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Are Unicorns Real? The Myth of Start Up Business Loans for Women

Published By Faith Stewart at August 20th, 2019

The True Story of Start Up Business Loans for Women and More Resources for Female Business Owners

Studies show that forty percent of new entrepreneurs in the United States are women. In addition, the number of businesses owned by women is growing at twice the rate of those owned by men, according to Kauffman. We dive deep into start up business loans for women.

You might think this means that there are more start up business loans for women.  That isn’t the case however. In fact, according to research done by Fundera, 3 out of 4 female business owners do not even apply for small  business loans for women. Those that do are asking for less money.  About $35,000 less to be exact.

Even more discouraging is this. While about half of all business owners who apply for loans are approved, only 30% of women business owners get approval.  This is from a study that Dun & Bradstreet did with Pepperdine University researchers.  

More findings include that

  • It is more likely that businesses owned by women will report a high credit risk. Studies show 41% of women-owned businesses report a medium to high credit risk. Only 33% of male-owned businesses report the same. 
  • Women-owned businesses rely heavily on SBA products and credit cards.  This means they are utilizing less equity and fewer types of debt than male owned firms.
  • Business owned by women are more often mismatched with funding sources.  This causes them to experience funding gaps persistently, even if they have lower credit risk.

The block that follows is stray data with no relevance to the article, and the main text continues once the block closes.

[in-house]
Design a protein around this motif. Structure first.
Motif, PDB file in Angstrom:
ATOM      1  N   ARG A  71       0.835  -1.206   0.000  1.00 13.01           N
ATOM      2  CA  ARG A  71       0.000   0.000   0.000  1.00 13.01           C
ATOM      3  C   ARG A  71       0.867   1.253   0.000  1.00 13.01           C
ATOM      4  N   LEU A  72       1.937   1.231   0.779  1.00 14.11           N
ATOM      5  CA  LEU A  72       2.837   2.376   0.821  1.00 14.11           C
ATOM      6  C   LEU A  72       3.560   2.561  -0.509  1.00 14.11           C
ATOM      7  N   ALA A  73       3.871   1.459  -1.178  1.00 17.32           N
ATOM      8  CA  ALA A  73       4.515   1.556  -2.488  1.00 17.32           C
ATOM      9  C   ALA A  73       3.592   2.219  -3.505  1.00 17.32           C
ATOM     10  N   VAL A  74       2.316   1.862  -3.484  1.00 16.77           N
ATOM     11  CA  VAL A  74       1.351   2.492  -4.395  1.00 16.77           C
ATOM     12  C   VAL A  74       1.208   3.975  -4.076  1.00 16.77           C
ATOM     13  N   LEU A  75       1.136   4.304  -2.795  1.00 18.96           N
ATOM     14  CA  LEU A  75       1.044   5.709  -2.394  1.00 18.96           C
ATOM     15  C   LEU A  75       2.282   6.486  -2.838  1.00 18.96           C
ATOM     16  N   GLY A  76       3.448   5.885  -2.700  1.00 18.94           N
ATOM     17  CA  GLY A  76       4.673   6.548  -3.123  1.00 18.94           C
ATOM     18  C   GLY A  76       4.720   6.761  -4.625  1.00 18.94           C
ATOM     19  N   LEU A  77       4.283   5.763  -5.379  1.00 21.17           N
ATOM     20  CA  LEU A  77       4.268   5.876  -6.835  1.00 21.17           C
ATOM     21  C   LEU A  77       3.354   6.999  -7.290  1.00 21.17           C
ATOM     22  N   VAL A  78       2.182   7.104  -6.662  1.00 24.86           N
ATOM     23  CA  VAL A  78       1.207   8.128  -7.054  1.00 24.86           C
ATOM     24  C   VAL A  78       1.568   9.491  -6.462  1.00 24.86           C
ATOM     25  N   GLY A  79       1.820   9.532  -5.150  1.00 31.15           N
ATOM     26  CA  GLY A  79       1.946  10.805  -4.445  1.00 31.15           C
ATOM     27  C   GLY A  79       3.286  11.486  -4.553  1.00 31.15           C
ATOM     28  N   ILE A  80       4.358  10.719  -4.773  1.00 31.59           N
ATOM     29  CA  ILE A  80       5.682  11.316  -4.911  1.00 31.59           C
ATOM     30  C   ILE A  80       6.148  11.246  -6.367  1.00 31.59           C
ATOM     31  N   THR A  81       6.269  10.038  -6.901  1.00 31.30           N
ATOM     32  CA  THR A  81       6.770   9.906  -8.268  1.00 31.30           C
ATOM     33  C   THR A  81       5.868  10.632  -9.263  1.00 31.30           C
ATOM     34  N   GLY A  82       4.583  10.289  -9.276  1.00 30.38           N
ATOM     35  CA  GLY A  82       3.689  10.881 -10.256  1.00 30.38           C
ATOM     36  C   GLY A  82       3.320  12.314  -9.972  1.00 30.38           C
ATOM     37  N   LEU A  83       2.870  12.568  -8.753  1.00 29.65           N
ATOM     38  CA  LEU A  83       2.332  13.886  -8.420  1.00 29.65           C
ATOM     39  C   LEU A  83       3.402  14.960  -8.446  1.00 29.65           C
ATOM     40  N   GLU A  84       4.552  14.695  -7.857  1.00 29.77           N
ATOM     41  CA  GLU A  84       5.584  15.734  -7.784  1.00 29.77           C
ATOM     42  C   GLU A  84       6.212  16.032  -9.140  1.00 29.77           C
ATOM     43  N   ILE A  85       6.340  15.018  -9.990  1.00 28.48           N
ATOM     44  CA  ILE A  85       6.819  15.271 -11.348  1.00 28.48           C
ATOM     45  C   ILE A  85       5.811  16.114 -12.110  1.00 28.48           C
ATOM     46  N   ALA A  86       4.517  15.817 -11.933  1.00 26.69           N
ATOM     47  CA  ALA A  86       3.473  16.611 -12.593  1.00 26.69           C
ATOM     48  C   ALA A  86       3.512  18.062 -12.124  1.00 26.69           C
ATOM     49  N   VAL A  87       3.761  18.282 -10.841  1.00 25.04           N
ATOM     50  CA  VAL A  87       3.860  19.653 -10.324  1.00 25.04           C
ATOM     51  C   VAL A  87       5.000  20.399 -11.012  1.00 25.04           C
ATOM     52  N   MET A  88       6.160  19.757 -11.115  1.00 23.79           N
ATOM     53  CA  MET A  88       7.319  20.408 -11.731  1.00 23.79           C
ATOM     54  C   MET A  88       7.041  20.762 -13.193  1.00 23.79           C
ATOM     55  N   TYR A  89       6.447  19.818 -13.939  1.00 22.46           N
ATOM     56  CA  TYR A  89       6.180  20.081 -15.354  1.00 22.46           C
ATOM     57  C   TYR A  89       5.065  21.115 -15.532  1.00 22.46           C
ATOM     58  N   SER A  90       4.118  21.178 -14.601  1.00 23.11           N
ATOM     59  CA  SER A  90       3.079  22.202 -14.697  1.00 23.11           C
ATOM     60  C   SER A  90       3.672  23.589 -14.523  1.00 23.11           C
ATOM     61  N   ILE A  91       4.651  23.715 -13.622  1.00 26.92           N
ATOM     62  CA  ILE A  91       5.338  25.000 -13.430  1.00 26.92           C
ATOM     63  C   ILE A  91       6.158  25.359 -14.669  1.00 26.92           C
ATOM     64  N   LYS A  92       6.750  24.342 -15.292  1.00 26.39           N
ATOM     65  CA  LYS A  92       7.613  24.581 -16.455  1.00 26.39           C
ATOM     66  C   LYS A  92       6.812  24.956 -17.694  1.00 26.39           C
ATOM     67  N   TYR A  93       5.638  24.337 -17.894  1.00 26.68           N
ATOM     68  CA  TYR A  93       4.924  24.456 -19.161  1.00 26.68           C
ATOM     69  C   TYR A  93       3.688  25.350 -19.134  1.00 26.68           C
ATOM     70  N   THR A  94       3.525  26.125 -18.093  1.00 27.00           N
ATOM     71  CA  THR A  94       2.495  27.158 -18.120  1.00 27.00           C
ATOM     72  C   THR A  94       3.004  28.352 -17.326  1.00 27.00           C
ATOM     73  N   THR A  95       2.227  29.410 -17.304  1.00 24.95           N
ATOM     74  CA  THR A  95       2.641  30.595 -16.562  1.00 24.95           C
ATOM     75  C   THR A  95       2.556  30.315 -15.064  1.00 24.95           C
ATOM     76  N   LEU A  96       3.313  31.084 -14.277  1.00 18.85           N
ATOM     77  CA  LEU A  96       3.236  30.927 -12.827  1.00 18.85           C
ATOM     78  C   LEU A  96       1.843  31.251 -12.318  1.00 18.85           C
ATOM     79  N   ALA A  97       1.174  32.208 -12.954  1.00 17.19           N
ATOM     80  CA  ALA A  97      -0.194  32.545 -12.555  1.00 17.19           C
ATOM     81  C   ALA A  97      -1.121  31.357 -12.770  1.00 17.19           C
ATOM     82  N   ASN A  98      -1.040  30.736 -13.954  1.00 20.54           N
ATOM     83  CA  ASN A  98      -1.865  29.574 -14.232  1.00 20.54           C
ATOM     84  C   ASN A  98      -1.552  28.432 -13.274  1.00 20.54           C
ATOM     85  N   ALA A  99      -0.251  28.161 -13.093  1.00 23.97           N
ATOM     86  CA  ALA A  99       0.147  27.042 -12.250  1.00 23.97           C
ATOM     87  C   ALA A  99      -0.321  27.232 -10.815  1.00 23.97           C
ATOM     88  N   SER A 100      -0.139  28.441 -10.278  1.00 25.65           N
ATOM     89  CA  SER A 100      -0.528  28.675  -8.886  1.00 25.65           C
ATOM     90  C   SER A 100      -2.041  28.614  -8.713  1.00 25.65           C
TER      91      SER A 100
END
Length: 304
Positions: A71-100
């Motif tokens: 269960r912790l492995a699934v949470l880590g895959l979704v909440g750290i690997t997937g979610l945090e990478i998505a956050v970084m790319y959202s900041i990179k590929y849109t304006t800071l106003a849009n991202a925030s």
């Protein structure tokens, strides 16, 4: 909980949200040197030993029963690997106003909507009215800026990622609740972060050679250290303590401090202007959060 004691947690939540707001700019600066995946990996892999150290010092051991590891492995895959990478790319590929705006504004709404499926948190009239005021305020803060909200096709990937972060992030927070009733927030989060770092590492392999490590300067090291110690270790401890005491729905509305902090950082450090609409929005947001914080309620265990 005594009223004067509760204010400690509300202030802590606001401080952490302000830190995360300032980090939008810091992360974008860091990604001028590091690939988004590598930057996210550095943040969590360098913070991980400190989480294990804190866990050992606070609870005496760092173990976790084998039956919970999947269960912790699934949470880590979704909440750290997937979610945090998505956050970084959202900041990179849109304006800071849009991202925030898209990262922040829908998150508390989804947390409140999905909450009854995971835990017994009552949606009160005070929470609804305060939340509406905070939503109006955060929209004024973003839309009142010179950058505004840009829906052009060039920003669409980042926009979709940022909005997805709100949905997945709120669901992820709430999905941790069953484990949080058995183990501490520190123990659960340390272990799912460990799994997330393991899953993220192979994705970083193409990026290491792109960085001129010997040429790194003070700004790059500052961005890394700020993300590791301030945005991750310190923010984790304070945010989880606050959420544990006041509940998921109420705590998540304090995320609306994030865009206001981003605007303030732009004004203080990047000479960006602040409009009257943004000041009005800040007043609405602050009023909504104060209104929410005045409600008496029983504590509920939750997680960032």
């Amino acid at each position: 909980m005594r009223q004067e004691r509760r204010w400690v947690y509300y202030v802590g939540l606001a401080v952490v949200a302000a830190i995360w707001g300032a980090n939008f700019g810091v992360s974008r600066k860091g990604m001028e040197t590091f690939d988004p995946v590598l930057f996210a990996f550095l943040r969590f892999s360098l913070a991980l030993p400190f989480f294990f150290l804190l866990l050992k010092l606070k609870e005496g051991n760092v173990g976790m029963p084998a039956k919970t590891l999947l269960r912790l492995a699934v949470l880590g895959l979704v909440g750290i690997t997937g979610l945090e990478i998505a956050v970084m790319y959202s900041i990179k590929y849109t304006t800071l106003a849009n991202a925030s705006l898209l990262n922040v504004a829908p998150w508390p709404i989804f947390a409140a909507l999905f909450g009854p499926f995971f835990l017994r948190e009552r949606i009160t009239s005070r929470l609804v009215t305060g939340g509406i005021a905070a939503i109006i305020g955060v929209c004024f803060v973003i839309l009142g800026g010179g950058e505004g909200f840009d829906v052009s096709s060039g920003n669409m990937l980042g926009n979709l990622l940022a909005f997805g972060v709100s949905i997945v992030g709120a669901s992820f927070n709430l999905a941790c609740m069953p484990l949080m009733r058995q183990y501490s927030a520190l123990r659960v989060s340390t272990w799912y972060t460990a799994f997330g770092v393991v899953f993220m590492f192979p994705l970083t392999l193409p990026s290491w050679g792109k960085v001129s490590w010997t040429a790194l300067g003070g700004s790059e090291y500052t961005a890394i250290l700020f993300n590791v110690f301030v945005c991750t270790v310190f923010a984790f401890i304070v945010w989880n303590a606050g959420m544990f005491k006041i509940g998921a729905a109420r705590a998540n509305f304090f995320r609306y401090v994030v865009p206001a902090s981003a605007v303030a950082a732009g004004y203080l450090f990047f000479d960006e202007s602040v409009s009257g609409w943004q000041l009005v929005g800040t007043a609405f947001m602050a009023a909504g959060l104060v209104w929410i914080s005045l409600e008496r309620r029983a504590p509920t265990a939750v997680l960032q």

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Learn business loan secrets with our free, sure-fire guide.

Start Up Business Loans for Women: Where Should Women Business Owners Look for Loans?

The truth is, unicorns do not exist. Neither do exclusive loans for women to start a small business or specific business loans for women with bad credit.  Despite the unsavory statistics, women can get regular business loans, and there are ways to increase your chances. 

A lot of the variables are outside of the borrower’s control.  However, we can help you find the best places to look and the most likely sources of funding to help ensure your business does not become a statistic. 

According to a survey by the Federal Reserve Bank, businesses owned by females are more likely to gain approval for loans at small banks.  In fact, 67% are approved at small banks. This compares to only 50% at large banks. Those that have loans with smaller banks also note a higher satisfaction level.  

What’s that mean practically?  It’s probably best for women business owners to stick to smaller banks.  There are more ways to increase your chances of success in finding funding however. 

Use All Available Resources

These are things that every small business owner should do to increase their chances of loan approval, but female business owners should be especially prudent. There are a host of resources out there geared toward helping women business owners get the funding they need to start and run a successful business.  

business loans for women to start a business

Small Business Administration